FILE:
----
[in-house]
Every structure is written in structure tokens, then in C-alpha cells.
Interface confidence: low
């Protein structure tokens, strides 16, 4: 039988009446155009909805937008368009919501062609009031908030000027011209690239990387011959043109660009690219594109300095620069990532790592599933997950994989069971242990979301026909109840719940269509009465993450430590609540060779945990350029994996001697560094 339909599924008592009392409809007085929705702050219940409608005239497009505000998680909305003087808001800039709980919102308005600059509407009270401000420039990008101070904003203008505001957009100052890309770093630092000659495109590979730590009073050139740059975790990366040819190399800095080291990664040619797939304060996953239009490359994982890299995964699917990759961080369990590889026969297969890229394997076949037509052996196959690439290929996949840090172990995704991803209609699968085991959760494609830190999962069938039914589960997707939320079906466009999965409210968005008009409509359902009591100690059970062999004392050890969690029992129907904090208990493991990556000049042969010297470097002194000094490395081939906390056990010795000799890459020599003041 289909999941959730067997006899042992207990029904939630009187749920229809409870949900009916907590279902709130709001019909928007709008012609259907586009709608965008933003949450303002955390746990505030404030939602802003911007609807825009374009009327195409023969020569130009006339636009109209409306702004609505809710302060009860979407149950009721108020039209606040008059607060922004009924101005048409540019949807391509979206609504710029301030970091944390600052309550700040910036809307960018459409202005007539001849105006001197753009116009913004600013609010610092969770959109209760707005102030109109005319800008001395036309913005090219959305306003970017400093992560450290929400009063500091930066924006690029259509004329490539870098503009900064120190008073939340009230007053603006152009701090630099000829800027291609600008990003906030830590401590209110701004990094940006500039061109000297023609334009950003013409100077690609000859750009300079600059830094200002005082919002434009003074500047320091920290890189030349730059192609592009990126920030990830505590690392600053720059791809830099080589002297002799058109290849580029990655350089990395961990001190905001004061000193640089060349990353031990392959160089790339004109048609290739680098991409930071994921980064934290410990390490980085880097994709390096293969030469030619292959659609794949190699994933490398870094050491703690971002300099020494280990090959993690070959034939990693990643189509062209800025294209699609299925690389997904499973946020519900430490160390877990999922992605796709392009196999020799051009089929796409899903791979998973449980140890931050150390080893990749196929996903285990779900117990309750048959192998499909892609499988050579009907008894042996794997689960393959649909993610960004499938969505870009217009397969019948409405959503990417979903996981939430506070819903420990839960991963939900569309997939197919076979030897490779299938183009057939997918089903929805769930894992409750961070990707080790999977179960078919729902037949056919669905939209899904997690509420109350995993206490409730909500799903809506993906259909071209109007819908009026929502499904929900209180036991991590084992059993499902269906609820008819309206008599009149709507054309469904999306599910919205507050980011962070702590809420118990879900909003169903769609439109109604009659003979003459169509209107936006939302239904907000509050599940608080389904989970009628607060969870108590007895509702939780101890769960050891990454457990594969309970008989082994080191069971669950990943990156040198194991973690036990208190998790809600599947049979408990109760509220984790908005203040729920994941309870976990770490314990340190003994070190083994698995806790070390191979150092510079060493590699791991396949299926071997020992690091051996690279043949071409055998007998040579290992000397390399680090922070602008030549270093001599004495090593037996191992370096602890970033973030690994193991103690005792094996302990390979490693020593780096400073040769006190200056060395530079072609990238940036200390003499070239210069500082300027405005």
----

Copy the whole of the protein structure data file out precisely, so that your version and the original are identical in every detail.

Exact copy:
[in-house]
Every structure is written in structure tokens, then in C-alpha cells.
Interface confidence: low
């Protein structure tokens, strides 16, 4: 039988009446155009909805937008368009919501062609009031908030000027011209690239990387011959043109660009690219594109300095620069990532790592599933997950994989069971242990979301026909109840719940269509009465993450430590609540060779945990350029994996001697560094 339909599924008592009392409809007085929705702050219940409608005239497009505000998680909305003087808001800039709980919102308005600059509407009270401000420039990008101070904003203008505001957009100052890309770093630092000659495109590979730590009073050139740059975790990366040819190399800095080291990664040619797939304060996953239009490359994982890299995964699917990759961080369990590889026969297969890229394997076949037509052996196959690439290929996949840090172990995704991803209609699968085991959760494609830190999962069938039914589960997707939320079906466009999965409210968005008009409509359902009591100690059970062999004392050890969690029992129907904090208990493991990556000049042969010297470097002194000094490395081939906390056990010795000799890459020599003041 289909999941959730067997006899042992207990029904939630009187749920229809409870949900009916907590279902709130709001019909928007709008012609259907586009709608965008933003949450303002955390746990505030404030939602802003911007609807825009374009009327195409023969020569130009006339636009109209409306702004609505809710302060009860979407149950009721108020039209606040008059607060922004009924101005048409540019949807391509979206609504710029301030970091944390600052309550700040910036809307960018459409202005007539001849105006001197753009116009913004600013609010610092969770959109209760707005102030109109005319800008001395036309913005090219959305306003970017400093992560450290929400009063500091930066924006690029259509004329490539870098503009900064120190008073939340009230007053603006152009701090630099000829800027291609600008990003906030830590401590209110701004990094940006500039061109000297023609334009950003013409100077690609000859750009300079600059830094200002005082919002434009003074500047320091920290890189030349730059192609592009990126920030990830505590690392600053720059791809830099080589002297002799058109290849580029990655350089990395961990001190905001004061000193640089060349990353031990392959160089790339004109048609290739680098991409930071994921980064934290410990390490980085880097994709390096293969030469030619292959659609794949190699994933490398870094050491703690971002300099020494280990090959993690070959034939990693990643189509062209800025294209699609299925690389997904499973946020519900430490160390877990999922992605796709392009196999020799051009089929796409899903791979998973449980140890931050150390080893990749196929996903285990779900117990309750048959192998499909892609499988050579009907008894042996794997689960393959649909993610960004499938969505870009217009397969019948409405959503990417979903996981939430506070819903420990839960991963939900569309997939197919076979030897490779299938183009057939997918089903929805769930894992409750961070990707080790999977179960078919729902037949056919669905939209899904997690509420109350995993206490409730909500799903809506993906259909071209109007819908009026929502499904929900209180036991991590084992059993499902269906609820008819309206008599009149709507054309469904999306599910919205507050980011962070702590809420118990879900909003169903769609439109109604009659003979003459169509209107936006939302239904907000509050599940608080389904989970009628607060969870108590007895509702939780101890769960050891990454457990594969309970008989082994080191069971669950990943990156040198194991973690036990208190998790809600599947049979408990109760509220984790908005203040729920994941309870976990770490314990340190003994070190083994698995806790070390191979150092510079060493590699791991396949299926071997020992690091051996690279043949071409055998007998040579290992000397390399680090922070602008030549270093001599004495090593037996191992370096602890970033973030690994193991103690005792094996302990390979490693020593780096400073040769006190200056060395530079072609990238940036200390003499070239210069500082300027405005």